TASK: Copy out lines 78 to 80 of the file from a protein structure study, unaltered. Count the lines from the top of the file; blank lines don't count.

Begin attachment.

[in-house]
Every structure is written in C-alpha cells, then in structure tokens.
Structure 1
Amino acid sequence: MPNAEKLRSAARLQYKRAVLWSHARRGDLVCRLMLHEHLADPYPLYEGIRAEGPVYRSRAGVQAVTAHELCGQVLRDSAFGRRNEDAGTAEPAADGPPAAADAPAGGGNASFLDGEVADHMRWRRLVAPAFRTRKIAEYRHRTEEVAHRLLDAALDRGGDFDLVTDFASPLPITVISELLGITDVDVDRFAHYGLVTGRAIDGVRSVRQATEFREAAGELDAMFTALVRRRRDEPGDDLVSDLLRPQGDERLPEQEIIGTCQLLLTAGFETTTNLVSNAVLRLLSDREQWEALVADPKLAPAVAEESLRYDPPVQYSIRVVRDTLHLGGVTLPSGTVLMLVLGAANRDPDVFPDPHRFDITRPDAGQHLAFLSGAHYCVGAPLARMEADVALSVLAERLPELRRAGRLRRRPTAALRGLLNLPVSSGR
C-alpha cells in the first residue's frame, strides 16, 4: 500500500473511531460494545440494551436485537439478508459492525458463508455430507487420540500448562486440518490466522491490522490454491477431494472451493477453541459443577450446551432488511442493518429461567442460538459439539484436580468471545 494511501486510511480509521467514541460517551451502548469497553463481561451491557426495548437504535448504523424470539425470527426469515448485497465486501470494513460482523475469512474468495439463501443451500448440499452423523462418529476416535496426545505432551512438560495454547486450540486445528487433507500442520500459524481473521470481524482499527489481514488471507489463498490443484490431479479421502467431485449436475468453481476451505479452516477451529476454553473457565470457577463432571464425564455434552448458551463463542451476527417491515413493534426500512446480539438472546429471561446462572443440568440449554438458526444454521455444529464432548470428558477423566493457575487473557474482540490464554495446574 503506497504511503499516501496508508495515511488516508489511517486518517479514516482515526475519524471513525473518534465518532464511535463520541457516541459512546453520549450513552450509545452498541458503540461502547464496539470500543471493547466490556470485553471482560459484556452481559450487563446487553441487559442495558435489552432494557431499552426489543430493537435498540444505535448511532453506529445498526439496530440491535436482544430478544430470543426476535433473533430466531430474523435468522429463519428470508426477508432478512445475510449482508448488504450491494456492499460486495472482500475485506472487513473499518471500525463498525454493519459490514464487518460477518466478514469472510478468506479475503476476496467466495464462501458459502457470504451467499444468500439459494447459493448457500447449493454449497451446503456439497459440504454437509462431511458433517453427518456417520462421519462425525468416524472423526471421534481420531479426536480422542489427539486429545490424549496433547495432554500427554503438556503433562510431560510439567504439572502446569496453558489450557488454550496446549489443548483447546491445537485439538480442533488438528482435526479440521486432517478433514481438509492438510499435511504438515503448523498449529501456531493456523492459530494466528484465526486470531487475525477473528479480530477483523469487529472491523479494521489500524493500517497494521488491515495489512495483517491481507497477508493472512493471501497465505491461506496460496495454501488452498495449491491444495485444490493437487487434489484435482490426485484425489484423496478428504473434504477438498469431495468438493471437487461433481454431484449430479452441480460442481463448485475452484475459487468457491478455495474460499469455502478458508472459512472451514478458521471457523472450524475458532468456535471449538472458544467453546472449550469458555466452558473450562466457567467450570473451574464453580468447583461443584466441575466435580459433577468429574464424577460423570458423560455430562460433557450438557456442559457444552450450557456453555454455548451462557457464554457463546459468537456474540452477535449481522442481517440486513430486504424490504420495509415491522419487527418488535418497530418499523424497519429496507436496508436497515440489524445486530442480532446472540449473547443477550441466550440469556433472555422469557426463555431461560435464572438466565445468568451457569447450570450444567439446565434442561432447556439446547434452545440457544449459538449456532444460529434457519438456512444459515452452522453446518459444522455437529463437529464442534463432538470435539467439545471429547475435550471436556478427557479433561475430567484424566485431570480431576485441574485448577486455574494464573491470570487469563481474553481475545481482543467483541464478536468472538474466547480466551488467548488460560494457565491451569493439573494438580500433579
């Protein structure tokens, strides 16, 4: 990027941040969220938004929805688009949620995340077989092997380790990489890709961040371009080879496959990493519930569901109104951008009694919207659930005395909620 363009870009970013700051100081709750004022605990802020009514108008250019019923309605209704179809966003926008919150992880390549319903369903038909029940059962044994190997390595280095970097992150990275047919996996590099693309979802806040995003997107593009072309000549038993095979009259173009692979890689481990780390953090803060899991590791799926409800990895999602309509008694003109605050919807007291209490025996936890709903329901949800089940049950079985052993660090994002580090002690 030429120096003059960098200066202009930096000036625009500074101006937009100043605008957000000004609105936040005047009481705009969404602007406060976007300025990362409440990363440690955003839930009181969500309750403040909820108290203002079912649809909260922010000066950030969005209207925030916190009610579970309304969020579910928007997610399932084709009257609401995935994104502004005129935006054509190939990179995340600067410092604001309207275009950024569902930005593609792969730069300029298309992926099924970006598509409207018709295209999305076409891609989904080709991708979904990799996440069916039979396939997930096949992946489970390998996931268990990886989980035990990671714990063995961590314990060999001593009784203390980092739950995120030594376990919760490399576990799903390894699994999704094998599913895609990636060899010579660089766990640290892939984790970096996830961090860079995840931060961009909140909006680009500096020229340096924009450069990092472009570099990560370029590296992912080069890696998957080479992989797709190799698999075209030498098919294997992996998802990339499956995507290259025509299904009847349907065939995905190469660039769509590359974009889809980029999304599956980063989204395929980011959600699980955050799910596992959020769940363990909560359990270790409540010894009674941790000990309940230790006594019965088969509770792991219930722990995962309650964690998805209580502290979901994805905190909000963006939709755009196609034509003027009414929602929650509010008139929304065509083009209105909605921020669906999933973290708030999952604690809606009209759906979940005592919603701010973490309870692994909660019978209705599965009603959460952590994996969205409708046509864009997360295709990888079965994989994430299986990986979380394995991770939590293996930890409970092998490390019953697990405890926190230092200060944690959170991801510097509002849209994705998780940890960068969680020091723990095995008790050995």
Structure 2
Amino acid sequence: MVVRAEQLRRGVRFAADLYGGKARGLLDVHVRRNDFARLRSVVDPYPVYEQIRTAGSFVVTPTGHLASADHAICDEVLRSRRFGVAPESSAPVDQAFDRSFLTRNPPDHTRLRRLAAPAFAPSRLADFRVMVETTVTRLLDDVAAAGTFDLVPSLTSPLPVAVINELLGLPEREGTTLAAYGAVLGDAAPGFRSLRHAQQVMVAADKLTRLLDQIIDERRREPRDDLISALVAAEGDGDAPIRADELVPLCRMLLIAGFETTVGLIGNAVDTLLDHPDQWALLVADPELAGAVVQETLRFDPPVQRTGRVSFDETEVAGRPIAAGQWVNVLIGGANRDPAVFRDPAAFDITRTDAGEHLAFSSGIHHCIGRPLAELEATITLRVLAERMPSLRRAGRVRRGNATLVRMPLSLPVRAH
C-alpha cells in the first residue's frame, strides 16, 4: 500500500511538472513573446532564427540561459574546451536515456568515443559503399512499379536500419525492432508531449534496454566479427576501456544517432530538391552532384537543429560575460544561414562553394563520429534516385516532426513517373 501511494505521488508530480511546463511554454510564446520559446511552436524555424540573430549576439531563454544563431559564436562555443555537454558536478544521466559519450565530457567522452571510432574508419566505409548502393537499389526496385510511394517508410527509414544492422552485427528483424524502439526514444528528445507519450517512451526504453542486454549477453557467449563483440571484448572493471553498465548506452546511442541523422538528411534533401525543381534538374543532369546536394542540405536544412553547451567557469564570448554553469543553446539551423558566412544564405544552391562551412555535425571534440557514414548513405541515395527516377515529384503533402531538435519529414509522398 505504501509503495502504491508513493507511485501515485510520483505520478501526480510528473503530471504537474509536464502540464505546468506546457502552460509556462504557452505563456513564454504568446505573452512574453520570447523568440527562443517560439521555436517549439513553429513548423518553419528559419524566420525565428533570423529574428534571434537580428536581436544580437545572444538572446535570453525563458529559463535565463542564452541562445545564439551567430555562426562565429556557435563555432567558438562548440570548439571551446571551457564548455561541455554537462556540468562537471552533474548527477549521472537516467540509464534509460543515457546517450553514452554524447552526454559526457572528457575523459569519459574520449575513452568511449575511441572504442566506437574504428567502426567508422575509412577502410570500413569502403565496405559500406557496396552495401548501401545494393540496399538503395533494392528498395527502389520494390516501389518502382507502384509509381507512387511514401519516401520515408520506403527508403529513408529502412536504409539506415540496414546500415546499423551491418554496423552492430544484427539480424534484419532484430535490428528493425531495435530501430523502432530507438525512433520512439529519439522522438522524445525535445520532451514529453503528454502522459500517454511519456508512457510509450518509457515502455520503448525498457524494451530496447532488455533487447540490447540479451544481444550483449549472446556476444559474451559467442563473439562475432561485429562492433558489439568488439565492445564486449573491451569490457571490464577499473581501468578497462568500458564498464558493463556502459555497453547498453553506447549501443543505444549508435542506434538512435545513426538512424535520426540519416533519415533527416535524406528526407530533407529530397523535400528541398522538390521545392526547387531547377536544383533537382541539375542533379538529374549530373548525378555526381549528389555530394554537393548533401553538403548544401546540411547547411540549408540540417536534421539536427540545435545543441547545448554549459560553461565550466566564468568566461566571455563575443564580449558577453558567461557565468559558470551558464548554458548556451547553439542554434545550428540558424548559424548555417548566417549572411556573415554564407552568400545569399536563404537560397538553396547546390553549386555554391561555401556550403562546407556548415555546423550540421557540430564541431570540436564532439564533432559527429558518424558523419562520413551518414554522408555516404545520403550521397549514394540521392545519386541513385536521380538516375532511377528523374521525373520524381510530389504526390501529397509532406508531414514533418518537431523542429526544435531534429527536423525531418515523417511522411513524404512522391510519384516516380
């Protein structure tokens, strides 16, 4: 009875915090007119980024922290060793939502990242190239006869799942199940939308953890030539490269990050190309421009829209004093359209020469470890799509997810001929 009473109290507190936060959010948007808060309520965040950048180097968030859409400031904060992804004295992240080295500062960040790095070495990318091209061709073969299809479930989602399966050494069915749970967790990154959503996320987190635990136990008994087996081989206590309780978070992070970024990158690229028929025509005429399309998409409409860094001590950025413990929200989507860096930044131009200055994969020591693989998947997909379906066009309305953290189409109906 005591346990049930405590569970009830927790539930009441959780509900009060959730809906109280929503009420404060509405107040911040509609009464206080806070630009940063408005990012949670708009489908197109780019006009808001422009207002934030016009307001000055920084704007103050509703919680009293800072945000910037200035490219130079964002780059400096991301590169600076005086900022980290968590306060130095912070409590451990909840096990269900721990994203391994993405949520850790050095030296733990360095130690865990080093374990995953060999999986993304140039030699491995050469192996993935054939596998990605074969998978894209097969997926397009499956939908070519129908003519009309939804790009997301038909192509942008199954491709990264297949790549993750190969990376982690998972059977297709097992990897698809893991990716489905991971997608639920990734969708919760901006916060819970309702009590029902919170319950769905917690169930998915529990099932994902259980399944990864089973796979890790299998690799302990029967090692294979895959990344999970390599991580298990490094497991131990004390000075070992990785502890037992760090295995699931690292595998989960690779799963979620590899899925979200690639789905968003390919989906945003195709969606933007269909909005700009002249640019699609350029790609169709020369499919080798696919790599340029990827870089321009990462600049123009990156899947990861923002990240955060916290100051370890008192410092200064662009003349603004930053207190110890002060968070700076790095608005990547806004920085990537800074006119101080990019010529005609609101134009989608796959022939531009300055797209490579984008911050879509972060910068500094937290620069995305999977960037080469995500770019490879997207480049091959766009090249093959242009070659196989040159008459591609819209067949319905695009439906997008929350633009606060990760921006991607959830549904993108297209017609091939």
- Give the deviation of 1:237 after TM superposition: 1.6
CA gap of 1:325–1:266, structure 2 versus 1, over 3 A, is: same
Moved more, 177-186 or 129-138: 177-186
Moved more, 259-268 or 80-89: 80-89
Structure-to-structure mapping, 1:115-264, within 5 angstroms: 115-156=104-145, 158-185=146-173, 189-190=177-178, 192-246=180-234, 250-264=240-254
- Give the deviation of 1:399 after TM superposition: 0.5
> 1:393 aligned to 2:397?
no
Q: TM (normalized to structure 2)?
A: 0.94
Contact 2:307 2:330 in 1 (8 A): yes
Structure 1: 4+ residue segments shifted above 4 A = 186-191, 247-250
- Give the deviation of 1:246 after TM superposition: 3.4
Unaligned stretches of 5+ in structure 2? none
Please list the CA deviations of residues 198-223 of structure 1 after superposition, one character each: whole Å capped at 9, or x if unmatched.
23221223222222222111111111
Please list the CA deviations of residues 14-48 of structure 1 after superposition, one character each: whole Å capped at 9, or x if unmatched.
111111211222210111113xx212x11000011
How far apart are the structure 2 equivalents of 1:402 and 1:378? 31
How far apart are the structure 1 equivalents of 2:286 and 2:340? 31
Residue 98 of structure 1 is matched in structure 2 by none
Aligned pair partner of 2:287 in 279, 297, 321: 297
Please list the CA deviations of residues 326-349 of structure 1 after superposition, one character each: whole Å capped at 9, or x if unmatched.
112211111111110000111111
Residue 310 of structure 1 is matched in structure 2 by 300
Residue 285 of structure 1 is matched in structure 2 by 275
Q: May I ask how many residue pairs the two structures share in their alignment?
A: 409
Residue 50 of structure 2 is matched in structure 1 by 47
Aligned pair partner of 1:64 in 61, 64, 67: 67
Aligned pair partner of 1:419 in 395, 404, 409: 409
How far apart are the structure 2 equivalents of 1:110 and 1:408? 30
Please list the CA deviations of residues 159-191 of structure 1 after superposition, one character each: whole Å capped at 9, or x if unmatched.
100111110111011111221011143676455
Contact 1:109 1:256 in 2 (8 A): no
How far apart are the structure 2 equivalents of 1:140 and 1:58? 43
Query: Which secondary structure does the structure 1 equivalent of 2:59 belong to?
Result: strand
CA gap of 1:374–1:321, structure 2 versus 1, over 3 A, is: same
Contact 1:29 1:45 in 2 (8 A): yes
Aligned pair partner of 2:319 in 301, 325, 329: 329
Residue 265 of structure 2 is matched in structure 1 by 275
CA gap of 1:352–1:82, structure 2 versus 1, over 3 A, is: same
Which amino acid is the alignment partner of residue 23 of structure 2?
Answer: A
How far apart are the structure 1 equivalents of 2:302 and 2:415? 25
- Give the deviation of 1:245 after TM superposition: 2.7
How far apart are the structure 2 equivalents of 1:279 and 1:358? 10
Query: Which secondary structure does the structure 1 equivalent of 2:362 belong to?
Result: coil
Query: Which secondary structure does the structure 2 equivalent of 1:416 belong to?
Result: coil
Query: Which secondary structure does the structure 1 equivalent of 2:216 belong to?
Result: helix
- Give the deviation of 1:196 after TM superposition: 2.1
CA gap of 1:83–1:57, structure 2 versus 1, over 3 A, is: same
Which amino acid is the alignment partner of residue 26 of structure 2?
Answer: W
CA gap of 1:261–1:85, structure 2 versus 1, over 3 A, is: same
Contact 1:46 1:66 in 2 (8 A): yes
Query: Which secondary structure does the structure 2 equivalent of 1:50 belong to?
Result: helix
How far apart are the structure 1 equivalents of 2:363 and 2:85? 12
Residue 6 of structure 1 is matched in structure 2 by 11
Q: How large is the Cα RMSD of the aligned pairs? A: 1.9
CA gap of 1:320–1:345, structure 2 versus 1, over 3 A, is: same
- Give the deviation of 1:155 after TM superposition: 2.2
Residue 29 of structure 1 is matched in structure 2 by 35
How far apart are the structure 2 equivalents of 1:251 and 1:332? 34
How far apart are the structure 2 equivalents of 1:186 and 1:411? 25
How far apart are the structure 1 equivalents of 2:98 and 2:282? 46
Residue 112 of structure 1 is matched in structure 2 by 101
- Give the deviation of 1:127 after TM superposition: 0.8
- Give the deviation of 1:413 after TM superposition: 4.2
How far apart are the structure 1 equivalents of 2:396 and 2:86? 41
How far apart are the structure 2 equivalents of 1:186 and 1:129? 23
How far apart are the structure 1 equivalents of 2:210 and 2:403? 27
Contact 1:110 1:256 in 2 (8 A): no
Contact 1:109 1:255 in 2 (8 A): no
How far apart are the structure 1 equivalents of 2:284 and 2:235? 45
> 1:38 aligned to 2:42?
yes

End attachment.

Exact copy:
Residue 29 of structure 1 is matched in structure 2 by 35
How far apart are the structure 2 equivalents of 1:251 and 1:332? 34
How far apart are the structure 2 equivalents of 1:186 and 1:411? 25